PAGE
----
"The monitor wants [to know] everything, including how many times I take a shit," he griped. "But they don't want to sit down and question me about what's going on."
And yet, the detective believes the monitor staff will interview him after they have interviewed everyone else involved in the Montgomery affair, which makes sense from "an investigative standpoint," he acknowledges.
During the course of several conversations with me, Mackiewicz admitted that he is under investigation by the MCSO's Professional Standards Bureau, though he would not say for what.
My information is that the investigation regards allegations that Mackiewicz spiked his overtime while he was in Seattle babysitting Montgomery.
This, as Montgomery supposedly fleshed out an oddball conspiracy for the MCSO, involving the DOJ, Snow, former U.S. Attorney General Eric Holder, and many others.
There is another allegation that Montgomery, paid more than $120,000 by the MCSO during the course of the secret probe, built a computer for Mackiewicz.
Asked for confirmation of the PSB inquiry into Mackiewicz's conduct, MCSO spokeswoman Lisa Allen declined to give details.
"It is a criminal investigation, but because of that, I can't say what the allegations are as the investigation is ongoing," she wrote in an e-mail. "But, yes, it is a criminal investigation and it began earlier this year."
When I asked Mackiewicz whether Montgomery ever built him a computer, he was noncommittal.
"That has no bearing on anything," he replied.
He also strenuously denied any hanky-panky with his overtime.
"I would never in a million years do anything illegal, take money from taxpayers," he told me.
I wondered about reports that he spent time visiting wineries and bars during his sojourn in Seattle, sometimes spending hundreds of dollars at a go, and about photos I'd seen of him in Seattle with lady friends.
Mackiewicz said, if he went to bars or wineries, he did so on his own time and with his own money.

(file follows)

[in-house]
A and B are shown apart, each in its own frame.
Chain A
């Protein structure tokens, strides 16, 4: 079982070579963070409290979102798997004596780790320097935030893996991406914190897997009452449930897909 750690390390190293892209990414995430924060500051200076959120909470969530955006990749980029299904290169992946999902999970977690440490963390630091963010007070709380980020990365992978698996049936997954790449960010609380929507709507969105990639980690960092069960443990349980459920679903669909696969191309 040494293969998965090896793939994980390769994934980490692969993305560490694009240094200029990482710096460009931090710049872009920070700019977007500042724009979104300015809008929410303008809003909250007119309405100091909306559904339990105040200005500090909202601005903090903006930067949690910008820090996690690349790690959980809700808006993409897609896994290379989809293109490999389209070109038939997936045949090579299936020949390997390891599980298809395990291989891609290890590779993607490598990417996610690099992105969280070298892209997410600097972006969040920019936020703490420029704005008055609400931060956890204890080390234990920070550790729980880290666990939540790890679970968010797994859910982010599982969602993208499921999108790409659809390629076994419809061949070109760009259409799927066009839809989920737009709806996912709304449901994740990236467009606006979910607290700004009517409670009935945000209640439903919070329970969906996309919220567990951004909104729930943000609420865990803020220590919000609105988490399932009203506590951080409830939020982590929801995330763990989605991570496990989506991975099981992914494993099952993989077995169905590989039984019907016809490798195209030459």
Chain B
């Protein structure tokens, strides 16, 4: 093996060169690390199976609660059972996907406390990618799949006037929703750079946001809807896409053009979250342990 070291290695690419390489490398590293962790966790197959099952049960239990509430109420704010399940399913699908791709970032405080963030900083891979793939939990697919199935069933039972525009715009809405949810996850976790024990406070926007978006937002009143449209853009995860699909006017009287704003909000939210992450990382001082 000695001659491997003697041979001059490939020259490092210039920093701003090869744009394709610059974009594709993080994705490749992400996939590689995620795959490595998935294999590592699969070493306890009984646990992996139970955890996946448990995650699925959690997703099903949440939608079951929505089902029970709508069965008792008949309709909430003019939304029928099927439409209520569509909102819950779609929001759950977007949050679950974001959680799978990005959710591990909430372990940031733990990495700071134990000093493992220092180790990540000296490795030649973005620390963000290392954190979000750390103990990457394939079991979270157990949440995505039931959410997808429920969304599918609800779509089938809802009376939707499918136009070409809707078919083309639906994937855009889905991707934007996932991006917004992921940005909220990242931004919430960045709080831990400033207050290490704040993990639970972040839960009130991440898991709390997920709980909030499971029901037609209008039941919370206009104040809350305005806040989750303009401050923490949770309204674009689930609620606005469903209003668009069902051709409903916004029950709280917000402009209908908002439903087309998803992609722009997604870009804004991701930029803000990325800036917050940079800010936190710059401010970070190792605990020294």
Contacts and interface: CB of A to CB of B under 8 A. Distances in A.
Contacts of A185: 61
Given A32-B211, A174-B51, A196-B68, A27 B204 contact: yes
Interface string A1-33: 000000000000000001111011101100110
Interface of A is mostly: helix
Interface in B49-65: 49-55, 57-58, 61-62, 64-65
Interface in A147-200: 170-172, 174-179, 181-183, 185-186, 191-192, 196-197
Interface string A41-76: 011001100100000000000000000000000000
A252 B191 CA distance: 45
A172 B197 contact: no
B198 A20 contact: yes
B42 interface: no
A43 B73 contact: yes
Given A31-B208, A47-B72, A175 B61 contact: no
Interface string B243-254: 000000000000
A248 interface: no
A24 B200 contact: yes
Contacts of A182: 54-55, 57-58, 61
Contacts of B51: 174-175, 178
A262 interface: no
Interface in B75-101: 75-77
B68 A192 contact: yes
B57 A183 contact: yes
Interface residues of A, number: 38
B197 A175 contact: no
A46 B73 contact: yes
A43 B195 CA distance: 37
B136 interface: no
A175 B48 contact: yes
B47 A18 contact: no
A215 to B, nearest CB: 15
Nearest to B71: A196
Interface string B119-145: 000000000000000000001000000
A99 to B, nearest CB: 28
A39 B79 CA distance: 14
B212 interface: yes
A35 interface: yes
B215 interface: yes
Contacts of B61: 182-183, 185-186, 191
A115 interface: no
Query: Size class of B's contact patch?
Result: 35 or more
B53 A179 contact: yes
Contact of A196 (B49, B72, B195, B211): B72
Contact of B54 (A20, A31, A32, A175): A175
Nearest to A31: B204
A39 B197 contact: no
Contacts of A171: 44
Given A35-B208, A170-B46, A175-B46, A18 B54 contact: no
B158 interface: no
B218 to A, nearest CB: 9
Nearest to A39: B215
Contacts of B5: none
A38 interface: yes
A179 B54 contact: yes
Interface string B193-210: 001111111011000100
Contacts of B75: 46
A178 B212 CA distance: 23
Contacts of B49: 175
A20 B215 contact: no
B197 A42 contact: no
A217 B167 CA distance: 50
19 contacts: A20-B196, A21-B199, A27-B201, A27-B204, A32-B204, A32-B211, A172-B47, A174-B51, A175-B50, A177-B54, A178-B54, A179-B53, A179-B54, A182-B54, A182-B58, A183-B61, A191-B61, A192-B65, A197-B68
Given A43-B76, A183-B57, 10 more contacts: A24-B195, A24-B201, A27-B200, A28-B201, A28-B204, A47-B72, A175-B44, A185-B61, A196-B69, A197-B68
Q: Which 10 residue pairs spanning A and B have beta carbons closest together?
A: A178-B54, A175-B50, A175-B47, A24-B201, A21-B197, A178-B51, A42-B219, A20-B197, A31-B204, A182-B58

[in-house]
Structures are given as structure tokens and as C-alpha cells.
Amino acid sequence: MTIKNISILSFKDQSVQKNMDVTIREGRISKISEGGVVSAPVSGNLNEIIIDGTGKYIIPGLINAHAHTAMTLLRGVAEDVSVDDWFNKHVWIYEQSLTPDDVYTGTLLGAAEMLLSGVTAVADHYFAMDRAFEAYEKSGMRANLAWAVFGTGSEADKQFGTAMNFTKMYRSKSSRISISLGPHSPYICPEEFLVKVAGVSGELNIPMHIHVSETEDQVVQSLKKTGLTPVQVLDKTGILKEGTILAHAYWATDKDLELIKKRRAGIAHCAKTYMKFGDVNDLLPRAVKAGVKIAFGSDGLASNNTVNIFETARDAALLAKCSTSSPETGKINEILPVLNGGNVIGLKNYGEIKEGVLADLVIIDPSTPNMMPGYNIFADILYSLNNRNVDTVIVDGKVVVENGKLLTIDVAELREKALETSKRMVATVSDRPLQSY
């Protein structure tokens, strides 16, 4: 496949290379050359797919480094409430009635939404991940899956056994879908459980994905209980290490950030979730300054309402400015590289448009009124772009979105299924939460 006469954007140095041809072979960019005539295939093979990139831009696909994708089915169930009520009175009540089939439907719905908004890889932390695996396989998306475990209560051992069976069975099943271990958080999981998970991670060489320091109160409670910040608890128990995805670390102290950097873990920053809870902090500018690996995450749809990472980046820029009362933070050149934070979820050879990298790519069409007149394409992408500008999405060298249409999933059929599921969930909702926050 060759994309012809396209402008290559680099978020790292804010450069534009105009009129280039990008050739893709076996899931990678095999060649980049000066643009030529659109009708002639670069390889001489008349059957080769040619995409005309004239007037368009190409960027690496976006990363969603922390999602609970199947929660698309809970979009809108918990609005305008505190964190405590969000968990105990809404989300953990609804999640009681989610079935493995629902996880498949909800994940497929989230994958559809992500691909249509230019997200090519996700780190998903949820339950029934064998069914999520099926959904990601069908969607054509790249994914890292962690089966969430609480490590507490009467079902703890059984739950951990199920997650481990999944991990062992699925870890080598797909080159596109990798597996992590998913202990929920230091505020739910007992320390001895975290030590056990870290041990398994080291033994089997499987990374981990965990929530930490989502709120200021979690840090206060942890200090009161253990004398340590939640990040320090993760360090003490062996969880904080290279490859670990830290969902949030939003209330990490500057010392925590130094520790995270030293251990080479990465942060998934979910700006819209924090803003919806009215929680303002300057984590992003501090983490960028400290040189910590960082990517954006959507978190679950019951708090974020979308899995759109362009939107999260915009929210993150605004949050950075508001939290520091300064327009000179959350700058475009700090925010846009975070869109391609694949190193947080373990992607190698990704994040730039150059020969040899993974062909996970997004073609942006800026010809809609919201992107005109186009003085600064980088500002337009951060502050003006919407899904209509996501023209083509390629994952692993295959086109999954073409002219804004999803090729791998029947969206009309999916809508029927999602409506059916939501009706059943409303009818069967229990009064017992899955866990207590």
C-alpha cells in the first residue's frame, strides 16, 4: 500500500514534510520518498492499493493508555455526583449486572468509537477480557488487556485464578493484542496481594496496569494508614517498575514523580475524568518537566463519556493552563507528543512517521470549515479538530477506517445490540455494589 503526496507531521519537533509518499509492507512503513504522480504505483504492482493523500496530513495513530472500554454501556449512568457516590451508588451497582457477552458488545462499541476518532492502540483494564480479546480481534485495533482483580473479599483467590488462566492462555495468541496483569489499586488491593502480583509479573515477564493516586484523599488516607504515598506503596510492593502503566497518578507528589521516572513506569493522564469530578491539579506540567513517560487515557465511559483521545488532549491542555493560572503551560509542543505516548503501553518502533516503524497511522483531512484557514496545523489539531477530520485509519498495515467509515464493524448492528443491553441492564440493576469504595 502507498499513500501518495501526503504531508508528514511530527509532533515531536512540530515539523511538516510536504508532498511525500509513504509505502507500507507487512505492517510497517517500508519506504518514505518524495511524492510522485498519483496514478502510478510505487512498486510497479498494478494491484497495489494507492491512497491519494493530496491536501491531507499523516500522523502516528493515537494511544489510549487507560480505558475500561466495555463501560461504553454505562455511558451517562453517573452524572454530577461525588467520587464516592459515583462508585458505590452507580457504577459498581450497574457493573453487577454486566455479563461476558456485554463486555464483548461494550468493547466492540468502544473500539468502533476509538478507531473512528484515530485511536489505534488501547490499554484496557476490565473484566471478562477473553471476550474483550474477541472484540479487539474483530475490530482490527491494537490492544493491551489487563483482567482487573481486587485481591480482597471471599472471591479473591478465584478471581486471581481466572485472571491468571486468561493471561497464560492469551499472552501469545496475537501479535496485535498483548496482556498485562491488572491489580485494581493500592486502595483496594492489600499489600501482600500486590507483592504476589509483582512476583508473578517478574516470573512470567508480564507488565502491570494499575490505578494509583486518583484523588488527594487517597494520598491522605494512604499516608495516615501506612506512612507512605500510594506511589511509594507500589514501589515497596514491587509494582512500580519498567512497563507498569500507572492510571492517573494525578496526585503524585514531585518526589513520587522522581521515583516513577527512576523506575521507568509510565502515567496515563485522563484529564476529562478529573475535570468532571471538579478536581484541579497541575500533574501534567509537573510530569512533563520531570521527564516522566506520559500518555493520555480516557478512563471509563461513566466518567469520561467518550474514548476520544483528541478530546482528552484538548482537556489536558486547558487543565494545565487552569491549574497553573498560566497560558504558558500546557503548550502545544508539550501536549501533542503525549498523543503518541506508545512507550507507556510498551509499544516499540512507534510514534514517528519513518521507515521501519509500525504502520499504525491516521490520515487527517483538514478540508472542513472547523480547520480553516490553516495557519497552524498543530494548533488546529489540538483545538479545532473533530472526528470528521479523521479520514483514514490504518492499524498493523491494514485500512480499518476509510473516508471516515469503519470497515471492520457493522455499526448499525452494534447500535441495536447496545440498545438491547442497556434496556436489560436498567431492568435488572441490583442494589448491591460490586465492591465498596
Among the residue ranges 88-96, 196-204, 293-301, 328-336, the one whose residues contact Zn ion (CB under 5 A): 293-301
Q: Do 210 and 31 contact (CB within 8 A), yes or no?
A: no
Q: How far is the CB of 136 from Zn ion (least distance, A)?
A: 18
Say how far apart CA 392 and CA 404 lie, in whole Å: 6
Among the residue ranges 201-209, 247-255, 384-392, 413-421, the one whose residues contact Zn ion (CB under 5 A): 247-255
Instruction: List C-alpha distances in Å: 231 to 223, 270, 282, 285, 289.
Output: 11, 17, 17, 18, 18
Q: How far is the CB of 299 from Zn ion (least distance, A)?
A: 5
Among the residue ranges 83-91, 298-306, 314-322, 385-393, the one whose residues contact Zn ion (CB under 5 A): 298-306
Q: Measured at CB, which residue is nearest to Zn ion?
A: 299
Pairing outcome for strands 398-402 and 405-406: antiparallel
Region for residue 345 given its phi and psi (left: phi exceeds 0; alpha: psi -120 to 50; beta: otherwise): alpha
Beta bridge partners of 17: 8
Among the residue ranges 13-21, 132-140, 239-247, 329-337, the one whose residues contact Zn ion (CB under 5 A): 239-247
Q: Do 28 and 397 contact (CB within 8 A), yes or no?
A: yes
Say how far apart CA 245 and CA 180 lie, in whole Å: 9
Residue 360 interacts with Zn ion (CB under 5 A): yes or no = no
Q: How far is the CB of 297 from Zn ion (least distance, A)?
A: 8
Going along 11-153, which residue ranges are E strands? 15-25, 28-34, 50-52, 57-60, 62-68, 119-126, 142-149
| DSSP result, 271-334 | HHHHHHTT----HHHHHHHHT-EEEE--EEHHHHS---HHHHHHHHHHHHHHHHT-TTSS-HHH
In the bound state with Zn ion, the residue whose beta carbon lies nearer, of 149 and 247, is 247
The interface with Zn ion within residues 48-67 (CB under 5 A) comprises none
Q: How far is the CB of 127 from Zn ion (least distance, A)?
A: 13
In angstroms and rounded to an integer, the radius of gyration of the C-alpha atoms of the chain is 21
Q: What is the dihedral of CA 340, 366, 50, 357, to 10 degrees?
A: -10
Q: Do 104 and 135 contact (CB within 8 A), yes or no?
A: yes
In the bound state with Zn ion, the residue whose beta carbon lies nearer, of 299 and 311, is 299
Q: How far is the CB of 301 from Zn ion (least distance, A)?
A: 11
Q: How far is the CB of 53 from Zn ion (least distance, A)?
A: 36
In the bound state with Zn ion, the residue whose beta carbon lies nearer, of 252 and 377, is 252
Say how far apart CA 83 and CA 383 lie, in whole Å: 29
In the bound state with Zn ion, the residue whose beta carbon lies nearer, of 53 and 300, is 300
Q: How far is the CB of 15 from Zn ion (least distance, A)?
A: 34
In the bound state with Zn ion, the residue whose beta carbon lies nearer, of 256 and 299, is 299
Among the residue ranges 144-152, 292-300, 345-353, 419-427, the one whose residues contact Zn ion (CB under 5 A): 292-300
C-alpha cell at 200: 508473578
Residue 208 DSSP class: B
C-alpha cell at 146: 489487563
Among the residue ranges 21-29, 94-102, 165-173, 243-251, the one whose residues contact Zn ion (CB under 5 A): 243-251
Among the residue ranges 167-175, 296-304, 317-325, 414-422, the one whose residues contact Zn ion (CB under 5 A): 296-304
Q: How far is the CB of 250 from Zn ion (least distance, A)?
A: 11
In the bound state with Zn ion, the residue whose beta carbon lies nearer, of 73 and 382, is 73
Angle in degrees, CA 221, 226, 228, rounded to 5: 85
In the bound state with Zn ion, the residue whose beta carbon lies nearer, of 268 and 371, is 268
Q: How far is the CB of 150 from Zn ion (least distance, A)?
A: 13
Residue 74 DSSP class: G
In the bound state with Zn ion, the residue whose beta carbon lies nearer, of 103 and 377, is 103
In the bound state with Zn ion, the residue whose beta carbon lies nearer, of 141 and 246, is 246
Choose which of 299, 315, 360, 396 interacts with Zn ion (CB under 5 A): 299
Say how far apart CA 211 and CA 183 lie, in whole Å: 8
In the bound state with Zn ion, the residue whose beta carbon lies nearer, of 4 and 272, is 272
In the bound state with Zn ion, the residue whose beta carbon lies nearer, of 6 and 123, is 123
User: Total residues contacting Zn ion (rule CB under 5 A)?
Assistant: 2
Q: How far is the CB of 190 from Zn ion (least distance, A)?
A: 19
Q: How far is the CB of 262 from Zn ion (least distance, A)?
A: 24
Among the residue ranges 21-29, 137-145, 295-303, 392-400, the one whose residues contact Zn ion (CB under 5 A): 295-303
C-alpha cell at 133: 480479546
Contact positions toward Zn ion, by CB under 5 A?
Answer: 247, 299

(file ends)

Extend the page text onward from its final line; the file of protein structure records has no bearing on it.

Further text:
Though his base salary is about $70,000 per year, Mackiewicz says, he has "other revenue streams" and made a total of about $200,000 last year.
In addition to overtime, there's the money he makes from the several rental properties he owns, which are collectively worth around $400,000, according to the County Assessor's website.
He says the money he makes on rentals is about $80,000 a year. He also says he makes money from teaching but declined to say where he moonlights.
As for the Seattle investigation itself, he says it had nothing to do with Judge Snow and everything to do with an identity-theft probe involving 400,000 Arizonans.
What about flow charts and timelines from the investigative files, wherein Snow's name is mentioned?
"Dennis Montgomery did all that on his own," Mackiewicz said. "He provided us with documentation that he thought would prove to us that Snow was up to no good."
But the MCSO never asked for it, he claimed, and did nothing with it.
Mackiewicz also denied that the 13-month Seattle investigation may have cost as much as $1 million in public funds, as my sources say.
Rather, it was probably "a third of that," he told me.
Despite e-mails wherein he and Cold Case Posse commander Mike Zullo chided Montgomery for not being forthcoming, Mackiewicz believes some of the material they got from Montgomery was legitimate.
"Every time I would lose faith in [Montgomery], he would come up with something that you couldn't look past," he said. "You'd have to sit there and say, wow, how in the world does this guy have what he has?"
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Mackiewicz says he'll go ahead and "jump through all these hoops" for Judge Snow, "and all this other bullshit he wants me to do."
But that doesn't mean he'll like it.
"It's about time someone sticks up for their fucking selves," he said, "and tells this judge exactly where to go."